The IRS will announce the mileage rate for 2012 in the fall.

Source: Kiplinger Tax Letter, Vol. 86, No. 13 (June 24, 2011)

Choice of State for a New Corporation

June 6, 2011,

I recently did a blog about California clients wanting to form LLCs outside of California in order to avoid California franchise taxes, and how the Franchise Tax Board has been steadily trying to eliminate those possibilities. In response to that blog, I was asked about other non-tax considerations for choosing a state for the formation of a business. So, here is a brief analysis of some of the things I consider when helping my clients choose the right jurisdiction for their new corporation.

When a client comes into my office in San Jose and asks about forming a business entity outside of California, the most common jurisdictions they are considering are either Delaware or Nevada. Delaware has traditionally been the favorite jurisdiction, and Nevada is gaining in popularity.

Why incorporate in Delaware?

• Delaware is a leader in making incorporating easy for founders, including accepting Certificates of Incorporation by e-mail and fax and without signatures, providing for expedited filings in one hour, and allowing Boards to hold meetings electronically.
• Delaware's corporate laws allow for limitations on personal liability and indemnification of the officers.
• Delaware law is well established and it has a special court, the Court of Chancery, to deal solely with corporate matters.
• Venture Capitalists are familiar with Delaware and their forms are based on Delaware law.
• A majority of companies on the NYSE are incorporated in Delaware.
• A majority of Fortune 500 companies are incorporated in Delaware.

Why incorporate in Nevada?

• Nevada does not have a franchise tax and it does not tax corporations for income earned in Nevada. (Of course, this does not get a company out of California franchise and income taxes if it is doing business in California, but a lot of people don't realize that.)
• Nevada caters to smaller, private companies.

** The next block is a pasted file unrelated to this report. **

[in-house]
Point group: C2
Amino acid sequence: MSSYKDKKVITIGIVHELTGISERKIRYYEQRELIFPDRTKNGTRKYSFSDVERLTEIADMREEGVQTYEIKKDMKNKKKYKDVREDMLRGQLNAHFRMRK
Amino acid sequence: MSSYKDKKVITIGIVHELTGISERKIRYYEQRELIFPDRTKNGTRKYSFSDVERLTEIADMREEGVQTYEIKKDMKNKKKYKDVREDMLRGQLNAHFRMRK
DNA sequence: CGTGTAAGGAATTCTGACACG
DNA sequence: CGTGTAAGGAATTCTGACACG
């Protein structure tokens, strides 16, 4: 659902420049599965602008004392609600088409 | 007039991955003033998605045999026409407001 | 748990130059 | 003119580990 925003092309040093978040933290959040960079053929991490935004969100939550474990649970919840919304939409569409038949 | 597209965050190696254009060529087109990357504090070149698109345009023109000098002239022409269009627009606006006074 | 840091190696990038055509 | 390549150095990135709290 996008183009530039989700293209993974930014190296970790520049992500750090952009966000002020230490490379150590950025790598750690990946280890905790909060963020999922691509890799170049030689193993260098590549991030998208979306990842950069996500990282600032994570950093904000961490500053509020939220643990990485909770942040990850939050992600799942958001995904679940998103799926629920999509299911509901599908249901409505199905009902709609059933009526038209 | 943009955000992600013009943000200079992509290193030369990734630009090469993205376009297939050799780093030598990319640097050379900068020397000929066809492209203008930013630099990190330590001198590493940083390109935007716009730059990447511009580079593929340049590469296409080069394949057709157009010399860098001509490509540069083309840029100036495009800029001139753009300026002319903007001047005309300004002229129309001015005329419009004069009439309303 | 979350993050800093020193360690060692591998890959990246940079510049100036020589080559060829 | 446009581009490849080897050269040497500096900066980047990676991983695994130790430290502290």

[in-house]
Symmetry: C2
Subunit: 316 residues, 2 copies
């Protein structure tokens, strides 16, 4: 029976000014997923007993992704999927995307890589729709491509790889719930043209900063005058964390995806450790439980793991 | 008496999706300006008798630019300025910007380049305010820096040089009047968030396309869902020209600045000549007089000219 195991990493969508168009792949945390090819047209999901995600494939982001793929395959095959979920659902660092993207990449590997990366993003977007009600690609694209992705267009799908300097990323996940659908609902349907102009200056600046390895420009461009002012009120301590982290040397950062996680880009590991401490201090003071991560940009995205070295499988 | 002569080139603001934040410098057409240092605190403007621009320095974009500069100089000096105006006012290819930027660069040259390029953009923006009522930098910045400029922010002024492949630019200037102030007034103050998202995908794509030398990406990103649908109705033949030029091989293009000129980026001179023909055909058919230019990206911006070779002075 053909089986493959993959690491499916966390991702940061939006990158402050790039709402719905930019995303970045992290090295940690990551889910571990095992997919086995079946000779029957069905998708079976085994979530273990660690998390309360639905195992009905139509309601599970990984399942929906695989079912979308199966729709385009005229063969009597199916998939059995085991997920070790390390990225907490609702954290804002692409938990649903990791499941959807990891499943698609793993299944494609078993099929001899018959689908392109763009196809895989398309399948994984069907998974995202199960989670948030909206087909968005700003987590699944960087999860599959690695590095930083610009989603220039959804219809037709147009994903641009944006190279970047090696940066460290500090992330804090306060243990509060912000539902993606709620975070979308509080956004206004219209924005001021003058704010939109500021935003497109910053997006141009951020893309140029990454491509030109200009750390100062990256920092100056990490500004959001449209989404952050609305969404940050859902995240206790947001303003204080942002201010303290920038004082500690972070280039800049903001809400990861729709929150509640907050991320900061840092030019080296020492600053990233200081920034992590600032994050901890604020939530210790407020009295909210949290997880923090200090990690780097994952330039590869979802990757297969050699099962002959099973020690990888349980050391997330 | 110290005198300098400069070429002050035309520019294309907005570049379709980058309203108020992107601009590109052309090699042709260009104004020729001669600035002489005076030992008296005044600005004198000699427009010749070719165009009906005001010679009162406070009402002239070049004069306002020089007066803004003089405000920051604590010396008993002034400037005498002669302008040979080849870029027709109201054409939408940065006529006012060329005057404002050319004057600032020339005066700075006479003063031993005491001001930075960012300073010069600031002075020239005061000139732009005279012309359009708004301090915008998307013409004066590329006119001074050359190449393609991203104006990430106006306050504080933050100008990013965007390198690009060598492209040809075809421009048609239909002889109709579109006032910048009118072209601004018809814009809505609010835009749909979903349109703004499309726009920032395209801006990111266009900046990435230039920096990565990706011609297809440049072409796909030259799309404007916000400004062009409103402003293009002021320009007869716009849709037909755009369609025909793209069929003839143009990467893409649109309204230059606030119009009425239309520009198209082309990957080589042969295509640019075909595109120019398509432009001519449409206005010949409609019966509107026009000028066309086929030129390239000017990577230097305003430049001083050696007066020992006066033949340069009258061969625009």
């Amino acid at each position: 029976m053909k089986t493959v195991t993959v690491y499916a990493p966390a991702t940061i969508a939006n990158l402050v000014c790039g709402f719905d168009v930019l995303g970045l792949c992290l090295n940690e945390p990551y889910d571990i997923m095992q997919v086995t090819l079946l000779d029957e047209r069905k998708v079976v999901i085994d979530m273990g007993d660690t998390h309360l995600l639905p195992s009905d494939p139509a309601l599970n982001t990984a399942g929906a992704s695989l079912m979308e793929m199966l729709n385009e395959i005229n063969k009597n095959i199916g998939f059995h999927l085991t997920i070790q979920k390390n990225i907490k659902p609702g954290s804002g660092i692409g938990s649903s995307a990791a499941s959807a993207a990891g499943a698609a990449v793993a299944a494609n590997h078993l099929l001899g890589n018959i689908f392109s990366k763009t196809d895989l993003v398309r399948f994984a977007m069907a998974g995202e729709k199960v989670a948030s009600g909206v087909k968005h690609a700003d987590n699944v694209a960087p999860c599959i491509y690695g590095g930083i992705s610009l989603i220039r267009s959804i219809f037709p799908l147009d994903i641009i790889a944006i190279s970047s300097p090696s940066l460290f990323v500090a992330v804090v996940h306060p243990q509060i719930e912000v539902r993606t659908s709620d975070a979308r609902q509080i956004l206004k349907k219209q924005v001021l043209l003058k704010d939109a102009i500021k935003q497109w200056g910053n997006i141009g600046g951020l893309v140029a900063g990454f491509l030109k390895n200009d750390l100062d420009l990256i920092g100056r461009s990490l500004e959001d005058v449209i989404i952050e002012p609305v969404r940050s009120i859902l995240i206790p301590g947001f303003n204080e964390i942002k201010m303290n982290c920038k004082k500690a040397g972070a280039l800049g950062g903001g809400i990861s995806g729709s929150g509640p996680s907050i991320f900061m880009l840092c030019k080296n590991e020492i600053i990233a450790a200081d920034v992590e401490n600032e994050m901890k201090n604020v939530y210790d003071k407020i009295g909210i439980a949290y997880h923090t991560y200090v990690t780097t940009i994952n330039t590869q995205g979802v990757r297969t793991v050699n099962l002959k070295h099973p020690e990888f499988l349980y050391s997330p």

• Protection for corporate management is very strong. Directors and officers are not compared to an objective standard of behavior, making it harder for them to be held personally liable for acts that may have otherwise been determined to not be in the best interest of the company.

Why (or why not) incorporate in California?

• For companies doing business in California, California usually makes the most sense as a jurisdiction since California law often applies to foreign entities anyway if they are doing business here.
• Franchise taxes are high in California, but forming outside of California will not exempt a business from California franchise taxes if it has a presence here.
• California does allow telephonic and electronic meetings of the board of directors.
• The California Secretary of State, despite usually long waits for filings, does have expedited filings for a fee.
• California corporate laws often protect shareholders over management - such as requiring shareholder approval for loans to officers or directors and providing for cumulative voting rights.

Of course, these choices are also impacted by the business of the company and its strategic plan for the future. In addition, choice of state is only one of many informed decisions that must be made by the founders, their business lawyer, and their CPA before jumping into the formation of a new company.